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Cato preferred to die with the Republic rather than outlive it. Defeated at Utica, Africa by Caesar he committed suicide in 46 B.C.
Roman Republic, Marcus Cato Porcius Uticensis, gens Porcia
Silver (AR) quinarius, 1.94g, 13.8mm
Minted: Utica, North Africa, 47-46 B.C.
Obverse: M.CATO.PRO.PR, Head of youthful Bacchus right, wreathed with ivy
Reverse: Victoria Virgo seated right, patera in right hand, palm branch over left shoulder, VICTRIX (TR ligate) in exergue
References: Crawford 462/2; Sydenham 1054a; RSC I Porcia 1
by Hans Joachim Hoeft
Marcus Porcius Cato was the great-grandson of Cato the Elder, known for his perpetual warning that Carthage must be destroyed ("Ceterum censeo Carthaginem esse delendam!"). To distinguish him from his great-grandfather, he was named Cato the Younger. The name Cato Uticensis was given to him posthumously after his death at Utica.
This coin was struck by permission of the Roman Senate in Utica, North Africa, in 47 or 46 B.C. The reverse is a copy of a denarius (Crawford 343) struck by another M. Cato in 89 B.C. These reverses almost certainly depict Victoria Virgo from her shrine dedicated in 193 B.C. by Cato the Elder, on the Palentine, adjacent to the Temple of Victory.
During a military stay in Macedonia, Cato the Younger visited Pergamon to meet the Stoic philosopher Athenodoros Kordylion. The philosopher was so impressed by the young Roman that he followed Cato to Rome and lived in Cato's house for the rest of his life. Cato was so impressed by the philosopher that he followed his teachings and lived by the Stoic philosophy for the rest of his life.
Politically Cato was an exponent of the optimates and therefore an adversary of the populares like Julius Caesar. He believed in complete and exact obedience to the law and, in 65 B.C. when he was quaestor, demanded the repayment of the head-money which Sulla was paid during his proscriptions. It's clear that this didn't make friends. Together with Cicero, he fought against the Catilinarians (for whom Caesar had sympathy) and argued for the execution of the conspirators. He became an opponent of Pompey when Pompey wanted to get the a posteriori agreement of the Senate for his activities against Mithridates. Cato fought to reestablish the Roman constitution. His understanding of duty often was seen as excessive. He was a man without compromises. His dignitas was, however, respected by all.
After Julius Caesar crossed the Rubicon on 11 January 49 B.C., beginning the Civil War, in his concern for the Republic, Cato took the side of Pompey. Pompey and Cato fled Italy and the overwhelmingly superior forces of Caesar, hoping they could raise arms in Greece and defeat him later at Dyrrhachium. Soon after, however, they were thoroughly beaten by Caesar at Pharsalus and Pompey was killed in Egypt. Cato and Metellus Scipio took their armies to North Africa. When Caesar crossed over to Africa in 46 B.C., he completely defeated the discordant army leaders at Thapsus. Then there was no hope at all, particularly because the inhabitants of Utica were adherents of Caesar.
Caesar offered Cato safe conduct but Cato refused. He committed suicide as the Stoic philosophy demanded for his situation. Cato preferred to die with the Republic rather than outlive it. According to Plutarch, he read Platon's Phaidon before dying.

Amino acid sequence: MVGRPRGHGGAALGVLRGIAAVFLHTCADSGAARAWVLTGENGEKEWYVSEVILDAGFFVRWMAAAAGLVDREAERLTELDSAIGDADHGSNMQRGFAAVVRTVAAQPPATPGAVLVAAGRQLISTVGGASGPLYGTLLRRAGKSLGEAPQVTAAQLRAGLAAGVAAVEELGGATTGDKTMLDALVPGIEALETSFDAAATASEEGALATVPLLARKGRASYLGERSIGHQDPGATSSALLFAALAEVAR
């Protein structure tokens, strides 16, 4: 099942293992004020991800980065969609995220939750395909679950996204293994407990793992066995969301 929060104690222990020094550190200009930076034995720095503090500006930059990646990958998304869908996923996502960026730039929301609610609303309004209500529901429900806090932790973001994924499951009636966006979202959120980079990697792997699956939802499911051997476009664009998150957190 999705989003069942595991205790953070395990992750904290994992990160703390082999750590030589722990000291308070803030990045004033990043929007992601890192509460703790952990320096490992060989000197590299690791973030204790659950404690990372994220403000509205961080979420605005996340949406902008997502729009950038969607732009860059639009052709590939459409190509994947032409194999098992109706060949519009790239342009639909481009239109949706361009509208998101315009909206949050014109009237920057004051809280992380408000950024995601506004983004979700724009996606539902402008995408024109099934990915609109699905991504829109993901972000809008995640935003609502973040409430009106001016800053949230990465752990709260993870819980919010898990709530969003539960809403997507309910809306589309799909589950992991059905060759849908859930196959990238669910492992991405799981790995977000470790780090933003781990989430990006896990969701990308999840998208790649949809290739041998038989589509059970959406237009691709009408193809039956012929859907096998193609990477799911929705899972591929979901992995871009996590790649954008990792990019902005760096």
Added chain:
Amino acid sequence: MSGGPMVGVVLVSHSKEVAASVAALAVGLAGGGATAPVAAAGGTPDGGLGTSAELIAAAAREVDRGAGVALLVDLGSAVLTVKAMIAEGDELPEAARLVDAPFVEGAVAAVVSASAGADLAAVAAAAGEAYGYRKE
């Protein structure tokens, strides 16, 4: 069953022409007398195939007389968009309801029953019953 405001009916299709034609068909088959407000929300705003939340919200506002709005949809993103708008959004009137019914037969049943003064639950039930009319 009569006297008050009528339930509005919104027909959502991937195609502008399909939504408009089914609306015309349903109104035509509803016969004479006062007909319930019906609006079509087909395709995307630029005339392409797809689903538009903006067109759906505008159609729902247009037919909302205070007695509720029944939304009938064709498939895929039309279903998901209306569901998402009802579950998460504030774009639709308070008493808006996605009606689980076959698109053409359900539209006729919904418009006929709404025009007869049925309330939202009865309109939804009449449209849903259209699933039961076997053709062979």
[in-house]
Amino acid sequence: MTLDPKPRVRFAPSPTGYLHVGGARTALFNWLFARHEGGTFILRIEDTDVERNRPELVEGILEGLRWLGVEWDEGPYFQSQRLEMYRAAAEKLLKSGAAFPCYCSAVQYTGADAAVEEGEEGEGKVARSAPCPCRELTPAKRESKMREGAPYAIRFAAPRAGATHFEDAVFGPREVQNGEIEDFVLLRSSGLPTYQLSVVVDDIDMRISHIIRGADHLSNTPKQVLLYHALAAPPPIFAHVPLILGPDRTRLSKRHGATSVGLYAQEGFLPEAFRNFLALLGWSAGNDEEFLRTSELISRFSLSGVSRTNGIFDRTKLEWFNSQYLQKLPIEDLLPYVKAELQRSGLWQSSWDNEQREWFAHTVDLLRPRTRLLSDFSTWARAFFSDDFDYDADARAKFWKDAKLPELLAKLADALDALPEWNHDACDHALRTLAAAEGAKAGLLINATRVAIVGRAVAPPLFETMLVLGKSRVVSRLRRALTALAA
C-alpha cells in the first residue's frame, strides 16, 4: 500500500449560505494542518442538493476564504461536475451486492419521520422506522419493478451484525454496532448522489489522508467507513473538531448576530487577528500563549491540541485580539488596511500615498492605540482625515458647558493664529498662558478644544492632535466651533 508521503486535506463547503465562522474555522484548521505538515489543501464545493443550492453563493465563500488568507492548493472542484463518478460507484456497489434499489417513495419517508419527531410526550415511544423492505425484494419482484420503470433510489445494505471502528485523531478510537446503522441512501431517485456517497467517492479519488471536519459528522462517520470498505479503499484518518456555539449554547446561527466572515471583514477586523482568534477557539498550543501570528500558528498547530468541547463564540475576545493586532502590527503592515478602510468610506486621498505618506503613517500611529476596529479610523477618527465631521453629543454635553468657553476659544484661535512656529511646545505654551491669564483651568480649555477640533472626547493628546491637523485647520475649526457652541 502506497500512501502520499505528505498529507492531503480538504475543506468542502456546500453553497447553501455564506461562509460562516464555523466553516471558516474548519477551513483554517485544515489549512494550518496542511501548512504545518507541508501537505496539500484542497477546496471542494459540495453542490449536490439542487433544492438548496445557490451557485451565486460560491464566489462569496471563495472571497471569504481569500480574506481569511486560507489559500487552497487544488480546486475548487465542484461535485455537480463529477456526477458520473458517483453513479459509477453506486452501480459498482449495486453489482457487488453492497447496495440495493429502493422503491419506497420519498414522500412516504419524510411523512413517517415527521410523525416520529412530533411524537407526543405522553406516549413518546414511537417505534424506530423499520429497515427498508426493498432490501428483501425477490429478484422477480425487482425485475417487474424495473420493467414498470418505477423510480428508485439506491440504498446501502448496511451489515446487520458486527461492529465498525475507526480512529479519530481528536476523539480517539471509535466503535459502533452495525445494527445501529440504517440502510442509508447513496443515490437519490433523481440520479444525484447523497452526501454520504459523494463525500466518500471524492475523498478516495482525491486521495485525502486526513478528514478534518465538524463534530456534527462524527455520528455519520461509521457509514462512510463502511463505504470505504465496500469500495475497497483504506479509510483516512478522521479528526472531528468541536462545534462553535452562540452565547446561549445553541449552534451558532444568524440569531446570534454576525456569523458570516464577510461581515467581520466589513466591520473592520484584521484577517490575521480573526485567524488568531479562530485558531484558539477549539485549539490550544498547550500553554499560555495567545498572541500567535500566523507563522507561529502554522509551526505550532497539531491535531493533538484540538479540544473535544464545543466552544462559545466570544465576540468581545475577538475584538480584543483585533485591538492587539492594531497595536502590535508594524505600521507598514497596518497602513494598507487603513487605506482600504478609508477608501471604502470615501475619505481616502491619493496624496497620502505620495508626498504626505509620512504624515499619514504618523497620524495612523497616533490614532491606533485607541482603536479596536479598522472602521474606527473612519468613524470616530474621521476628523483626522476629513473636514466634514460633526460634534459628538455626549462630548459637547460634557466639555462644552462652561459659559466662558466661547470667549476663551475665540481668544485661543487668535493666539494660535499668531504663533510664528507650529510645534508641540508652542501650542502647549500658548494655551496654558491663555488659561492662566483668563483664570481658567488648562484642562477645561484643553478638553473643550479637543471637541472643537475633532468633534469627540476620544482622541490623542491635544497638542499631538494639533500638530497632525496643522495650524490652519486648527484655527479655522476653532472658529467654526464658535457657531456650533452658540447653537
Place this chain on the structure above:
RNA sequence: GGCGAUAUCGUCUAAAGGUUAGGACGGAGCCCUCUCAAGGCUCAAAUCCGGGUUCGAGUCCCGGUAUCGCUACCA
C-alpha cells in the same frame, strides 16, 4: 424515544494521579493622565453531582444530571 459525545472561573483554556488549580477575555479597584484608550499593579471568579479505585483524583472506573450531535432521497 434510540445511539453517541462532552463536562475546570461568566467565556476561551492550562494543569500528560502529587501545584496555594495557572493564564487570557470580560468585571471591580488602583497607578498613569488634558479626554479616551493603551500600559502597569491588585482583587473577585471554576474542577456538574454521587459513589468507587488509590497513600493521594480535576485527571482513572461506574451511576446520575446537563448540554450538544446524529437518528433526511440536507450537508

The historical assessment of Cato the Younger is controversial. He is accused of having been overly legalistic, having set the law over all else. He is said to have been pig-headed, someone who today we would call a fundamentalist. Some have charged him with hypocrisy for his alliance with Pompey, but others believe he was the last upright Republican. One could say that from the beginning he stood for a lost cause and that he fought a battle he knew he could not win. In this sense, there are some similarities with the much later Don Quichote. He failed because of the viciousness, corruption, and power-mad tyranny which characterized his time. Lukan (Parsalia I, 128) said about Cato: "Victrix causa diis placuit, sed victa Catoni (the victorious cause pleased the gods, but the conquered cause pleased Cato)."
Despite all of his contradictions, his attitude and particularly his death in Utica have made him a bright example of the libera res publica.
 Der kleine Pauly
 Plutarch, Cato Minor, online (English) under http://www.greektexts.com/library/Plutarch/Cato_The_Younger/eng/index.html
|Please add updates or make corrections to the NumisWiki text version as appropriate.|
Obverse: M CATo PRO PR. A female head, behind which is ROMA. Reverse: VICTRIX. Victory seated, holds out a patera in her right hand, and a palm branch in her left.
There is a quinarius (illustrated at the head of this column) similar to the denarius described above, but without the word ROMA; and doubtless struck by the same person, i.e. Marcus Porcius Cato Uticensis.
P LAECA. - The winged head of Roma; in the field of the coin, X and above the head, ROMA. On the reverse, a man in military dress, standing and placing his right hand on the head of a togate citizen; near him stands a lictor with rods; below, PROVOCO.
This remarkable silver coin recalls the memory of the Porcian Law carried by Porcius Laeca in favor of Roman citizens, to whom it gave, on appeal (provocatio), exemption from the ignominious punishment of scourging. Porcia Lex, says Cicero, virgas ab omnium civium Romanorum corpore amovit; hic misericors flagella retulit. - Orat. pro C. Rabirio. This exemption, however, was confined in its operation to towns and cities. Soldiers on duty were still left entirely dependant on the will of their commander-in-chief. - See PROVOCO.
The bronze pieces of the Porcia family were struck in Cyrenaica (Barca) in Africa.